Virtual fitting rooms are replacing the in-store experience. With the help of augmented reality (AR)/virtual reality (VR) technology, fashion companies are bringing the customer experience inside homes, and the sky’s the limit. Enhancing your existing apps and technology can result in major benefits for both your company and your customers as they look to meet new customer needs.
Loyalty programs are another way for brands to be identity-driven. Digital consumers crave convenience and engagement. And through tailored in-app offers or personalized rewards, brands can provide unique experiences that consumers will appreciate, and will build loyalty toward brands.
Activating audiences across all addressable channels can allow brands to achieve specific business results. The key is to understand customer needs are now and create new ways to address them. Customer identity is more than just creating a singular view of a target audience. Indeed, it is the backbone for creating these customer experiences and unifying marketing to individuals. Identity and personalization allow marketers to break through preferences and expectations to gain clarity on their customers.
Using data to improve customer communication
The role of identity becomes even more critical as brands analyze their customers’ changing behaviors and the best ways to adjust their communications with them. Hyper-personalization and targeted offers are going to become increasingly difficult for brands to enable once third-party cookies and other tracking mechanisms are disabled.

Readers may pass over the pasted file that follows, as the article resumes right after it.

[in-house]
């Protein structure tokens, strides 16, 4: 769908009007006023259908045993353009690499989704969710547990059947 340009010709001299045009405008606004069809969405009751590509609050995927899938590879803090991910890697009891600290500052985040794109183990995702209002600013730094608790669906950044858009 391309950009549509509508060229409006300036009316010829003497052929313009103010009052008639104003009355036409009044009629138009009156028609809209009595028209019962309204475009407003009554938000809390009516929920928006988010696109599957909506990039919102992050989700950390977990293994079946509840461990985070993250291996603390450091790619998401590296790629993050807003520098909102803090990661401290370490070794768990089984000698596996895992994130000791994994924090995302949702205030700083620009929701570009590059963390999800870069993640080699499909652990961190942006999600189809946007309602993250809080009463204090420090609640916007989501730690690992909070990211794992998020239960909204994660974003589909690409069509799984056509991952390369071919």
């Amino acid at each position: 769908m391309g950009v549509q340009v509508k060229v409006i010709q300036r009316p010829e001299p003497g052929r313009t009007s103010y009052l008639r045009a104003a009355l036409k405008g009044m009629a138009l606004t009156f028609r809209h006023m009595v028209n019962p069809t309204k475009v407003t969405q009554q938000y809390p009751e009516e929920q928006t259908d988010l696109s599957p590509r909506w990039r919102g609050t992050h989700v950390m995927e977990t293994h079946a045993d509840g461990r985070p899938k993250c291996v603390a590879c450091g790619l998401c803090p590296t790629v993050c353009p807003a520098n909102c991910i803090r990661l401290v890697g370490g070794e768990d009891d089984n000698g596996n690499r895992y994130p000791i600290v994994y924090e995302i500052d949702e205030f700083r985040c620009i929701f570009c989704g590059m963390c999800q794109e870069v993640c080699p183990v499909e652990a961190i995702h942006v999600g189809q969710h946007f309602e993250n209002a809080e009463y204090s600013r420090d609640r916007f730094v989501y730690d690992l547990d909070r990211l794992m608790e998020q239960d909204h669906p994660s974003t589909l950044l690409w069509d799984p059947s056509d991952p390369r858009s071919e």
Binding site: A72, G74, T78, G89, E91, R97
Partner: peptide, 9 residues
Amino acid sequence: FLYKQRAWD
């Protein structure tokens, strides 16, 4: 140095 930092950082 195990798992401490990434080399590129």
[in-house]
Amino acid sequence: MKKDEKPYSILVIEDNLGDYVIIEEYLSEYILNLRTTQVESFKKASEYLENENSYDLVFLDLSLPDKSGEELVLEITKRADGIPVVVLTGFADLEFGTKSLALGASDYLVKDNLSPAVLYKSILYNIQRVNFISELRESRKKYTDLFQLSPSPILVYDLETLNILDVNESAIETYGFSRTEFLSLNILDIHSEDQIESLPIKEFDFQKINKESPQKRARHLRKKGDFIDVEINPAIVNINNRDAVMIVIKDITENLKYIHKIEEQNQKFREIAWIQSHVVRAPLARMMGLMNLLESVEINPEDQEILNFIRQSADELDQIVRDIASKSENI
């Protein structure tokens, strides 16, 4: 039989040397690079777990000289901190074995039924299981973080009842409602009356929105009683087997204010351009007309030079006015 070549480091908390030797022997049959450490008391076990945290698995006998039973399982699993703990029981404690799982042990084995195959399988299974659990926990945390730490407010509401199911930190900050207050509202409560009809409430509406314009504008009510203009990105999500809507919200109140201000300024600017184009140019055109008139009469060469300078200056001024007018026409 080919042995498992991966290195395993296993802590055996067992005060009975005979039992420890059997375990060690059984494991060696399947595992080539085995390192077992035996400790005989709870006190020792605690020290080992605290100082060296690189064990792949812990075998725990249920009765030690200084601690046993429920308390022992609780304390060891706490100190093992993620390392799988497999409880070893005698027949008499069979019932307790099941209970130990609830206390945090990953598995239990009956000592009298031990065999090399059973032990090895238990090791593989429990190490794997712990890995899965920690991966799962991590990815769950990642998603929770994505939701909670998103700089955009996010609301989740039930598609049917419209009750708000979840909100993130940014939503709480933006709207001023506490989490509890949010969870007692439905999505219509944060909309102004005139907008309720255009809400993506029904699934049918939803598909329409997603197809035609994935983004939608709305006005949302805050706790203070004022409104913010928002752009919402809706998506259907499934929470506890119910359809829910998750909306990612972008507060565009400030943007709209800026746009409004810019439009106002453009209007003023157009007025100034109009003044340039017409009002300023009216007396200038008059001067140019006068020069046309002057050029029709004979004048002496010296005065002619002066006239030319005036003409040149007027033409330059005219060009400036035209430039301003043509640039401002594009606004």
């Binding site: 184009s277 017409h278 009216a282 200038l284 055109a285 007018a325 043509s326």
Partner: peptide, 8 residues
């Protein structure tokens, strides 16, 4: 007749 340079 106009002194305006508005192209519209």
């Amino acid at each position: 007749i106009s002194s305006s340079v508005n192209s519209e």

Equally important to note are customer preferences for brand communication. Losing the ability to enable third-party cookies does not mean consumers can’t have an experience tailored to their needs and wants. Most consumers are willing to engage with brands and share personal information in order to have a more personalized shopping experience.
Marketers can prepare for the changes on the horizon in 2021 by adopting a formula for customer experience management success:
Data transformation + digital transformation = customer experience transformation
Data transformation comprises the privacy-safe acquisition, management, mining, and activation of valuable data that informs customer experiences in real-time. Digital transformation involves the design and implementation of digital marketing, sales, service, and commerce experiences that are contextually relevant and personally informed. These endeavors support innovation that enables customer experience transformation, driving competitive differentiation, and measurable business results.
Great customer experience across the entire spectrum of the customer life cycle is more important than ever. In order to truly transform this experience, brands must fortify their first-party data and bolster their digital enablement capabilities. If you get these two parts right, you’ll have the tools needed to best reach consumers and offer a total customer experience. By following this winning formula, you should be well on your way to achieving the desired outcome and be ahead of the curve in anticipation of the challenges that lie ahead in the coming year.
Craig Dempster is global CEO of Merkle